When he’s not working, writer and former UK journalist STEVE PARSLEY spends quite a bit of time walking the woods around Fethiye with four-legged companion Dillon and posting their discoveries on Facebook.
Fethiye Times asked if he would share some of his encounters with the local wildlife with us – and, this week, we have a bit to share on some transient visitors.
I can relax now. They’re a couple of weeks late this year and I was beginning to wonder if they would be coming at all.
But, yesterday, as we walked the woods above Kayaköy (and pondered the implications of the new road being scratched from the hillside on the south side of the valley) we heard their tell-tale trilling call for the first time.
As ever, they were hard to spot against the wide blue arch of the sky. A bit of cumulus drifting over from Mendos made their high-up, starling-sized silhouettes that little bit easier to pick out as they flitted and glided on bladed wings, forked tails aiding swift turns, allowing them to catch their prey in flight.
But as evocative as their calls may be of sultry summer afternoons, and although their agile flight is a joy to watch, it’s the vivid colours which make European bee-eaters special for me.
When I was a kid, there was one on the cover of the first bird book I was given and I can remember thinking then that most common or garden birds in the UK seemed a little drab in comparison.
So to see that striking blue, yellow and brown plumage in real life for the first time a few years ago was a special moment which perhaps underlined the fact we weren’t living in Yorkshire anymore (although, to be fair, so had encounters with snakes, scorpions and beetles the size of a Ford Fiesta).
Ever since I have found myself eagerly anticipating the bee-eaters’ brief stays in the Kaya Valley in April and September and, for me, they have come to symbolise the arrival and departure of the summer. Like I say, when there was no sign of them this year, I was beginning to worry what that would mean – but they’re here now, so all is well.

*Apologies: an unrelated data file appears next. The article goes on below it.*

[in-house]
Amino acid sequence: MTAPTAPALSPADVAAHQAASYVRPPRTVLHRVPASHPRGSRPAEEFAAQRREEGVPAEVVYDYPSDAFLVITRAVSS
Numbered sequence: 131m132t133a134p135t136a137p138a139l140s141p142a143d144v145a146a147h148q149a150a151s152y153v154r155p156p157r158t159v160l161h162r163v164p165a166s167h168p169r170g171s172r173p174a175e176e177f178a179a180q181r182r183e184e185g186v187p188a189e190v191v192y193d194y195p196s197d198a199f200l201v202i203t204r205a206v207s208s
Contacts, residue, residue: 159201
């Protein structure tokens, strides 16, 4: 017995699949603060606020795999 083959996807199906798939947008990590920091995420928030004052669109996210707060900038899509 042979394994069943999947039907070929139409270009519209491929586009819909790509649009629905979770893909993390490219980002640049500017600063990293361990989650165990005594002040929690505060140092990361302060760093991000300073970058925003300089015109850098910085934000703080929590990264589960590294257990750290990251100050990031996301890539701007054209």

As the name implies, after wintering in tropical Africa, many European bee-eaters cross the Mediterranean to make their nests in the continent’s southern nations – not just in parts of Turkey but in Spain, Italy, Greece and even the Balkans. There are reports of some birds flying as far as the UK, and even of them breeding there – but they are rare visitors and usually attract significant interest as a result.
The birds are gregarious and nest in colonies, usually in sandy banks close to water and they are mostly monogamous. Here in the Muğla region, we’re just a little too far south for them to stay for long as they will usually summer further inland – and no doubt there will be plenty of Turkish beekeepers in the forests around Fethiye who won’t be too unhappy about that.
But, despite their name, the birds do less damage to hives that you would expect, accounting for the demise of less than 1% of the worker bees in their usual range.
Their diet also consists of wasps and hornets, making them an even more popular bird among some in our household, while they will also take dragonflies on the wing if they can.
But, soon, they will be gone again – and the mellow sound of their calls and the bright colours of their plumage will be replaced by the screech of the cicadas and the real heat of high summer.
Rebecca & Steve Parsley are both former journalists with experience in newspapers, magazines and on radio. Since 2006 they have run their own communications agency, specialising in social media and online content writing. They moved to Turkey just over four years ago and live in Kayaköy with their German Shepherd dog, Dillon – formerly a street dog – and two cats. When not slaving over their keyboards or walking in the local countryside, they enjoy watching motorsport – especially Formula 1 – and are also salsa dance addicts.